PARIS, Dec 23 (Reuters) - France and Britain have issued conflicting advice to tens of thousands of women with breast implants made of cheap industrial silicone that some fear pose health risks.
The French government urged 30,000 women in France to seek removal of the implants, made by now-defunct French company Poly Implant Prothese (PIP), because of the danger they could rupture and cause inflammation and irritation.
There was no evidence of any increased cancer risk, it said.
But in Britain, where an estimated 30,000 to 40,000 women are affected, Chief Medical Officer Dame Sally Davies said: “Women with PIP implants should not be unduly worried. We have no evidence of a link to cancer or an increased risk of rupture. If women are concerned they should speak to their surgeon.”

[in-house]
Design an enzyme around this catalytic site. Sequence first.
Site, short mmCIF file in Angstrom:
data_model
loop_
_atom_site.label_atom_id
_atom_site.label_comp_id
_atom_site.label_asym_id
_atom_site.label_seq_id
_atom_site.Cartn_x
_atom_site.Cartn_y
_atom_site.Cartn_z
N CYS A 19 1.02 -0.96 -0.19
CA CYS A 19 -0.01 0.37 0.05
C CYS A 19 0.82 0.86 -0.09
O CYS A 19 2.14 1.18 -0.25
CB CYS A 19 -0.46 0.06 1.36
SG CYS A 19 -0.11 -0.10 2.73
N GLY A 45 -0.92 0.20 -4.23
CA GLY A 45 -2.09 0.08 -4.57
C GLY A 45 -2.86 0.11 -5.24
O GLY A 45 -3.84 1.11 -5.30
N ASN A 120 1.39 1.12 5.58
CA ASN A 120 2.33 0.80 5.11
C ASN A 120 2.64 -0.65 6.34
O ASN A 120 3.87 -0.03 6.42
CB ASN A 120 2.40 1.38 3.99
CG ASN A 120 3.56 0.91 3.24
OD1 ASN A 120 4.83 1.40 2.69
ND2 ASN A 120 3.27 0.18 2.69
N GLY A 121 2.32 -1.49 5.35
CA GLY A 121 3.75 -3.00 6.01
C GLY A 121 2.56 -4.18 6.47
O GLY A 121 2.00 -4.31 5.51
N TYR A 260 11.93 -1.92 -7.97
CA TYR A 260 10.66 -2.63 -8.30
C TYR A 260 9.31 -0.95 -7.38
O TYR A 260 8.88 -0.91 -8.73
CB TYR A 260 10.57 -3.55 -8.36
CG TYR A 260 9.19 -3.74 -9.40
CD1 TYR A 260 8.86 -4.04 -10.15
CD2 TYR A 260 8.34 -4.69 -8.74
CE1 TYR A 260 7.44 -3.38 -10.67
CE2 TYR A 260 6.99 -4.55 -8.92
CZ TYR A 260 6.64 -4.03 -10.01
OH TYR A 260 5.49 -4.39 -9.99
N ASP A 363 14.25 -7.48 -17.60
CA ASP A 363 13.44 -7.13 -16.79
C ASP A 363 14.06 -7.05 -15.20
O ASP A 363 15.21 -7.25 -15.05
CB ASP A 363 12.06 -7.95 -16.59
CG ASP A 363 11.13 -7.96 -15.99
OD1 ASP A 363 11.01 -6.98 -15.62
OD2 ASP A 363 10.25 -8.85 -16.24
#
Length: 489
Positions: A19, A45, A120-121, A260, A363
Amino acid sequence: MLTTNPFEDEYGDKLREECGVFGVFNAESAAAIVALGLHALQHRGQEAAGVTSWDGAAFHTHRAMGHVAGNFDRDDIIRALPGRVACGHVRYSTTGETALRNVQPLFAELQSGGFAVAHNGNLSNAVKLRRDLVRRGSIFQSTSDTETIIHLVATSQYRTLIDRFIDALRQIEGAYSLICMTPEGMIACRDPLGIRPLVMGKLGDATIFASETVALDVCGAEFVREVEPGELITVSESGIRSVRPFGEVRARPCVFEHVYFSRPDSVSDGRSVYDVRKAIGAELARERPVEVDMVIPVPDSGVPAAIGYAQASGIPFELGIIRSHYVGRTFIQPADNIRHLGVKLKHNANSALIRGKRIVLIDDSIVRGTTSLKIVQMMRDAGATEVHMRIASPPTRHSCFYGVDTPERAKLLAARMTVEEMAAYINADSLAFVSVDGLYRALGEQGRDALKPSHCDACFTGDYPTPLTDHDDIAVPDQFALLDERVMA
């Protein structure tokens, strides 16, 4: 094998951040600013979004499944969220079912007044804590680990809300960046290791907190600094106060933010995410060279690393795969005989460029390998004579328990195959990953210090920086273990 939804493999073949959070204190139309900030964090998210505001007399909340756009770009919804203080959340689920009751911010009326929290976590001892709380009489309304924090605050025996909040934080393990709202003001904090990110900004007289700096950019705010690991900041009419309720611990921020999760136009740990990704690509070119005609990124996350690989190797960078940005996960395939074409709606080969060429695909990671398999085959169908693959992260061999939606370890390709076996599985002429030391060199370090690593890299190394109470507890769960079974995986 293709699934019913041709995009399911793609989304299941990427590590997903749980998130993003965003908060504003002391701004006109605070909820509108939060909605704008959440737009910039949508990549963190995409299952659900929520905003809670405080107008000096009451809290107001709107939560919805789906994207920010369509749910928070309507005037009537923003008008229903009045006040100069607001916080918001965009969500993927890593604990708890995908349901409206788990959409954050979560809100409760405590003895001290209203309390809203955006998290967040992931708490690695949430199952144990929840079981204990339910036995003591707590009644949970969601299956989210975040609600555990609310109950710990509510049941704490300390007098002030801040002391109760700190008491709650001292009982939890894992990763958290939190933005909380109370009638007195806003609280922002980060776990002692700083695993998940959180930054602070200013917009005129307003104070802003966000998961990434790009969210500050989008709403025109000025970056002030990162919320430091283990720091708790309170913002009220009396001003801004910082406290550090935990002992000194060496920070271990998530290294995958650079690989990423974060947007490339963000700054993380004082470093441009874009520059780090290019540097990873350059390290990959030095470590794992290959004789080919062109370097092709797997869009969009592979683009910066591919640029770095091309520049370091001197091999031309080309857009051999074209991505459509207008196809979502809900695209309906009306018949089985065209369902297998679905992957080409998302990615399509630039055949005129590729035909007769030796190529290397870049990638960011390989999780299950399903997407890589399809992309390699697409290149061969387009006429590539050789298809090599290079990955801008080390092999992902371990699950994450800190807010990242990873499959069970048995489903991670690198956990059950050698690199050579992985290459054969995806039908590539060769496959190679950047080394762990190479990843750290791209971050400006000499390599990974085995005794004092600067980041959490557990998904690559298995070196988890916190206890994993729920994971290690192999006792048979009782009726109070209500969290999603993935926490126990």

Removing implants “carries risks in itself”, she said. “I do think that every woman who has these implants should go and get checked ... It's better to have them replaced than to worry about them rupturing,” said British woman Pat Demetriou, who had faulty PIP implants removed in 2010.
Nigel Mercer of the British Association of Aesthetic Plastic Surgeons said the French move was “certainly not unreasonable” while British cosmetic surgeon Kevin Hancock said the divergent government responses would cause distress for British women.